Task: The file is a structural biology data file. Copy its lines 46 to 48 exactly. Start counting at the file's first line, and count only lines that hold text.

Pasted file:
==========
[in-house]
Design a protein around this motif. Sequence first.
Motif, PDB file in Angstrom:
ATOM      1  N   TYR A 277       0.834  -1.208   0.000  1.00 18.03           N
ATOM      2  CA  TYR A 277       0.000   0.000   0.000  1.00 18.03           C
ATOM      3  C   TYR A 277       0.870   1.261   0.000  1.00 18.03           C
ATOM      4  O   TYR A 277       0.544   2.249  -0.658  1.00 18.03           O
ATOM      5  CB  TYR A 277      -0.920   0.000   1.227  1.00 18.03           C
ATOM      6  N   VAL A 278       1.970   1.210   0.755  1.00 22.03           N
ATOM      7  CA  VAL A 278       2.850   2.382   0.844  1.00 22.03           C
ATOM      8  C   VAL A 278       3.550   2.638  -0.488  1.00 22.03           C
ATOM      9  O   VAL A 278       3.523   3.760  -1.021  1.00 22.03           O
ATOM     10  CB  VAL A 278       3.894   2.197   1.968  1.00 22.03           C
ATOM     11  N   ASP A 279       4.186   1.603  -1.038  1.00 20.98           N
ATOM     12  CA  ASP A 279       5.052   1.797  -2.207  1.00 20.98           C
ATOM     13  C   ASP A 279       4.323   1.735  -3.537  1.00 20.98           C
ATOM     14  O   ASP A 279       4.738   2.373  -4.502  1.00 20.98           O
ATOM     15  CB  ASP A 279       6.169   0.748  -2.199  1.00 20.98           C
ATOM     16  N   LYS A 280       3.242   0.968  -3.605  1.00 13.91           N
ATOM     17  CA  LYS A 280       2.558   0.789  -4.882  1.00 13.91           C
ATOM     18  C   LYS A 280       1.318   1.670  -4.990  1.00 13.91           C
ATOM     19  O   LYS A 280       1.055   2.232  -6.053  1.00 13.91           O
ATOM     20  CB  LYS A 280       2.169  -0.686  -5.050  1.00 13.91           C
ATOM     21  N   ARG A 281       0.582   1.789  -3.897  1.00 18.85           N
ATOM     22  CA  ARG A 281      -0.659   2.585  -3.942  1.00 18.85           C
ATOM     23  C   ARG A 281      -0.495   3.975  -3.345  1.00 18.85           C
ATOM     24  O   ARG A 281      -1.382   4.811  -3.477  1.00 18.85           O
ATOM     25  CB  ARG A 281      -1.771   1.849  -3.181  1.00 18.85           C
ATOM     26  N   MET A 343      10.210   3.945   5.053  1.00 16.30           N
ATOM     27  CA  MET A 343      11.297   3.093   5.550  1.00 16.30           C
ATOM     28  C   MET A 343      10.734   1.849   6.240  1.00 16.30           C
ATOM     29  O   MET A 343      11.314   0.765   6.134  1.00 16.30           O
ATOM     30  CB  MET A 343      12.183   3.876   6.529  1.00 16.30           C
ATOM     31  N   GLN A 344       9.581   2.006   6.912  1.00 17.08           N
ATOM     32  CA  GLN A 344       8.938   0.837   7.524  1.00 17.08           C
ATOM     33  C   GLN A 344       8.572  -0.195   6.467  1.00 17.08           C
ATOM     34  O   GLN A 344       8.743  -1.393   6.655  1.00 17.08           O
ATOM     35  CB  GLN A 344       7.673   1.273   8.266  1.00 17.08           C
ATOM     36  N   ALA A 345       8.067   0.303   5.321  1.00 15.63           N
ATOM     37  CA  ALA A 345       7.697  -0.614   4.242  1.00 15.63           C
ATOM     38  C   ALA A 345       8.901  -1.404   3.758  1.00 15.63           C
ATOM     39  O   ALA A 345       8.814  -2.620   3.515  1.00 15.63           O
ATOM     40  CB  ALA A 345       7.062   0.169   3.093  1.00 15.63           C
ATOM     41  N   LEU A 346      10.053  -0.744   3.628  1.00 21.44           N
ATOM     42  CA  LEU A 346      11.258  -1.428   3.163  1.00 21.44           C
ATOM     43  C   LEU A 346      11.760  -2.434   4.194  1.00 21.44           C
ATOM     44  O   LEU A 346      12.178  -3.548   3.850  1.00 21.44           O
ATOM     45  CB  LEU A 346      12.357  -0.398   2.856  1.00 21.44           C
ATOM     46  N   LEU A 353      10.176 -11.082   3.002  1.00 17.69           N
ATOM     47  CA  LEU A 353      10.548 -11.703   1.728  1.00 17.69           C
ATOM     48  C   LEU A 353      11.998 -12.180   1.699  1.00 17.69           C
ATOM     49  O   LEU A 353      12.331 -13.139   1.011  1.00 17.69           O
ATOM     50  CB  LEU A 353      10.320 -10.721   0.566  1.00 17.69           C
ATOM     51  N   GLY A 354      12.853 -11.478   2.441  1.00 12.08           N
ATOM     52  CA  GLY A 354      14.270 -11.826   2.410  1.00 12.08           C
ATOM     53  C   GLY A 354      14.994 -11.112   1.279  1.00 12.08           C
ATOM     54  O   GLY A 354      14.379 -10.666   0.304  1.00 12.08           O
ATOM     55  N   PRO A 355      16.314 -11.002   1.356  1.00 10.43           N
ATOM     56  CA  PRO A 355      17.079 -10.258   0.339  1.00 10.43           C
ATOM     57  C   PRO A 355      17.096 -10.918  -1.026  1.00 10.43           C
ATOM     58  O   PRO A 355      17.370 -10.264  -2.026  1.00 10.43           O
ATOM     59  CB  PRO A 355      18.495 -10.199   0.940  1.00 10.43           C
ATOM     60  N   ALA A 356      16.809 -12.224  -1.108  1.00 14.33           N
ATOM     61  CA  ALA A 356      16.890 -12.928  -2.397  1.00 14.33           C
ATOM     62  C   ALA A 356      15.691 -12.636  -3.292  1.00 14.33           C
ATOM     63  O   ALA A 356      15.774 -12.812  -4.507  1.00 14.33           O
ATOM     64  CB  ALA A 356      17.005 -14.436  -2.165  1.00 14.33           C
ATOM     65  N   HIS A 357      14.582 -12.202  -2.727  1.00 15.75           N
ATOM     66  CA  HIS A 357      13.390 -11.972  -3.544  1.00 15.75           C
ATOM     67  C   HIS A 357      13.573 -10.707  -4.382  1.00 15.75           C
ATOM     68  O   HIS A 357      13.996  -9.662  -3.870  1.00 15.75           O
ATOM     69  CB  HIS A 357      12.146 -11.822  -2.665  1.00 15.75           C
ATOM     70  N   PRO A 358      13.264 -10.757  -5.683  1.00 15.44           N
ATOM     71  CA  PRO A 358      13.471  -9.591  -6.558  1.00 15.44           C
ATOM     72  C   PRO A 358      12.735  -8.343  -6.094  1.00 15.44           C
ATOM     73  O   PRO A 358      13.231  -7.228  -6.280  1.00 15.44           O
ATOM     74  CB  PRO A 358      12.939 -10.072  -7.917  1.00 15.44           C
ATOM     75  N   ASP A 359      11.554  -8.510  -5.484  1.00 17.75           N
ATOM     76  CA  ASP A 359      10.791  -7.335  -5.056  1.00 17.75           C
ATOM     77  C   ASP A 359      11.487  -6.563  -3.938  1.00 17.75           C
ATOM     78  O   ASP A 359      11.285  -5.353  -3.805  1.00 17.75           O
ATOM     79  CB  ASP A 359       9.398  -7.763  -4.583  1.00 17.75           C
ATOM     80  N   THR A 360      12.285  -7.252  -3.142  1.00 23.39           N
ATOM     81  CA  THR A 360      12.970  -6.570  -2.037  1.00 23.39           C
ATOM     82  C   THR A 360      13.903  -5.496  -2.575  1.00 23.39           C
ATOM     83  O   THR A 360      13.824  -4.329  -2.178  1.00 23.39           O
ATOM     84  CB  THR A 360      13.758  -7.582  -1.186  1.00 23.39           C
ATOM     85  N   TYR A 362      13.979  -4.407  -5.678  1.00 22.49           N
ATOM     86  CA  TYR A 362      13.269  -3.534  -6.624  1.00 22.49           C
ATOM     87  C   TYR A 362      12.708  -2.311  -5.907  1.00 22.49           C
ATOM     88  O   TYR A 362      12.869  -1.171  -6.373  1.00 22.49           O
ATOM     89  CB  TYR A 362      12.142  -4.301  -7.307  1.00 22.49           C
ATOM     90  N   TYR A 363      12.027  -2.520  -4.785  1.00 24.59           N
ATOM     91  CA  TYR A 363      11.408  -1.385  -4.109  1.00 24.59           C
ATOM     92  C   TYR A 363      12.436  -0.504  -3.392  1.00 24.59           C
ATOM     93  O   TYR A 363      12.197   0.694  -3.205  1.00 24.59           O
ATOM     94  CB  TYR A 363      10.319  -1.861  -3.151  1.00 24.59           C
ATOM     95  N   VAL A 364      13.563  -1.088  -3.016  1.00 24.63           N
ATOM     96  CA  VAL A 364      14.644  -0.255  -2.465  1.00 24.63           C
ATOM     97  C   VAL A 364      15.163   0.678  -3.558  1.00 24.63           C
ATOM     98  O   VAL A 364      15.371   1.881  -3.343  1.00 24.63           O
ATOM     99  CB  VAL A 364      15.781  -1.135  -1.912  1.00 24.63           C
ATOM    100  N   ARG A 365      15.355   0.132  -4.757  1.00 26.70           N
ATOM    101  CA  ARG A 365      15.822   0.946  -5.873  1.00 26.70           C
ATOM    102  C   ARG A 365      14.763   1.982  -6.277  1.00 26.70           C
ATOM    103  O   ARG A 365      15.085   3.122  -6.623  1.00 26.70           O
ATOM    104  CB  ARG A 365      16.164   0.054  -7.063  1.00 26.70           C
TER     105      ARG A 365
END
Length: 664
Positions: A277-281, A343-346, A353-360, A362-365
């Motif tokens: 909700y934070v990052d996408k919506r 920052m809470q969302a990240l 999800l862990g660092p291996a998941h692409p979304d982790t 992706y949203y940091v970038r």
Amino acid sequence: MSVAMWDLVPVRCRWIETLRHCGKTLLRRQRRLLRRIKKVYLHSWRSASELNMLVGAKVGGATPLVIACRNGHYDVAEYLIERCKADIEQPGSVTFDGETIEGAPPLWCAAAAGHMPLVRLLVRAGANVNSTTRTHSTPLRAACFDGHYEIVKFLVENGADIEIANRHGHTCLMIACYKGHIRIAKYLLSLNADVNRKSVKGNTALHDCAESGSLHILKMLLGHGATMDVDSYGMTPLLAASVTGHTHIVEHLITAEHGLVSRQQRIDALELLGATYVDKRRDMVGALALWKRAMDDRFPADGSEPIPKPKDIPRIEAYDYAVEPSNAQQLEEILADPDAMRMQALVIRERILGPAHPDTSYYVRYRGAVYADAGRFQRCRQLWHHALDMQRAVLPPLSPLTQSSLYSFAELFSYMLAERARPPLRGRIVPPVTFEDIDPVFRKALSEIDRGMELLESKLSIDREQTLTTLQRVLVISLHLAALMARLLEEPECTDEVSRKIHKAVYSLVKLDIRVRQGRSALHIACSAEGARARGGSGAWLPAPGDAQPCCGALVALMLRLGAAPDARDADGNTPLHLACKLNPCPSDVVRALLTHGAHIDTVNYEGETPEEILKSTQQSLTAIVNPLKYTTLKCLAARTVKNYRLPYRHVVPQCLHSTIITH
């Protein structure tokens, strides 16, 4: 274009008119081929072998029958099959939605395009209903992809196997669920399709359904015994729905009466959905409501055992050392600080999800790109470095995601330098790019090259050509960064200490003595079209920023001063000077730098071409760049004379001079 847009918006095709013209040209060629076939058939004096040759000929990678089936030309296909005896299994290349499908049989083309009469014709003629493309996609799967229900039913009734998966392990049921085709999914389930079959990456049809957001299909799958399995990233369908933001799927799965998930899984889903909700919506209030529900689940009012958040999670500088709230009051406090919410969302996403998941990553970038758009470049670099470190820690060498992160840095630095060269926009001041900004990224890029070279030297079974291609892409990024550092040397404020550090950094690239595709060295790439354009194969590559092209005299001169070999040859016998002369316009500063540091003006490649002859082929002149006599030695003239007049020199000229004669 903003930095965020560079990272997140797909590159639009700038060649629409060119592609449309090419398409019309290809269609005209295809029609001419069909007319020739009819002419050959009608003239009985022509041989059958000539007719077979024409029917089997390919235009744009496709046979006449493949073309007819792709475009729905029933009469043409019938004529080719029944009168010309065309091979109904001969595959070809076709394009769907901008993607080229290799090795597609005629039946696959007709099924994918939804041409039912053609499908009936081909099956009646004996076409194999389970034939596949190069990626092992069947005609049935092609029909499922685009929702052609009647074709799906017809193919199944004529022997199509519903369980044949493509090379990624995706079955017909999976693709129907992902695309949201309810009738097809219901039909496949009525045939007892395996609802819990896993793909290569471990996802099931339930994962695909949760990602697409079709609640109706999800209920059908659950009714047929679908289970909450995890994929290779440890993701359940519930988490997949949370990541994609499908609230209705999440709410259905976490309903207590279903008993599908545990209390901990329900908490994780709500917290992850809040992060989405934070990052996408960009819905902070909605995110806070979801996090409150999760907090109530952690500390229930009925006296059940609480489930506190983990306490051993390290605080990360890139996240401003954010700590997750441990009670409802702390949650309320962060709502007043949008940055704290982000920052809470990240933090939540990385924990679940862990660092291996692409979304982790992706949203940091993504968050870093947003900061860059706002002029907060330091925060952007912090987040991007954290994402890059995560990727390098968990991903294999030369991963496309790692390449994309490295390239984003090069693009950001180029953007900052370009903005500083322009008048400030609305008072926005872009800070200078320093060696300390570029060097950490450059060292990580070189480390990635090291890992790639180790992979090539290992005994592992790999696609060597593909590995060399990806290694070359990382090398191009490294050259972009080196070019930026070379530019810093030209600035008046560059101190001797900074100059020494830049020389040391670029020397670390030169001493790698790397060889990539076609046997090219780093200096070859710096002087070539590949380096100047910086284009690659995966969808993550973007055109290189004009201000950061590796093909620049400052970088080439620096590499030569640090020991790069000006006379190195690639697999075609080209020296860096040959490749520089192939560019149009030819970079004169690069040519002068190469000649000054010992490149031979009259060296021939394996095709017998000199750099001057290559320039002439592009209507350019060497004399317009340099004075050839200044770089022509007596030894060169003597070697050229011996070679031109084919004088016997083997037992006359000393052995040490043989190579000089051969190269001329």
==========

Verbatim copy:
ATOM     43  C   LEU A 346      11.760  -2.434   4.194  1.00 21.44           C
ATOM     44  O   LEU A 346      12.178  -3.548   3.850  1.00 21.44           O
ATOM     45  CB  LEU A 346      12.357  -0.398   2.856  1.00 21.44           C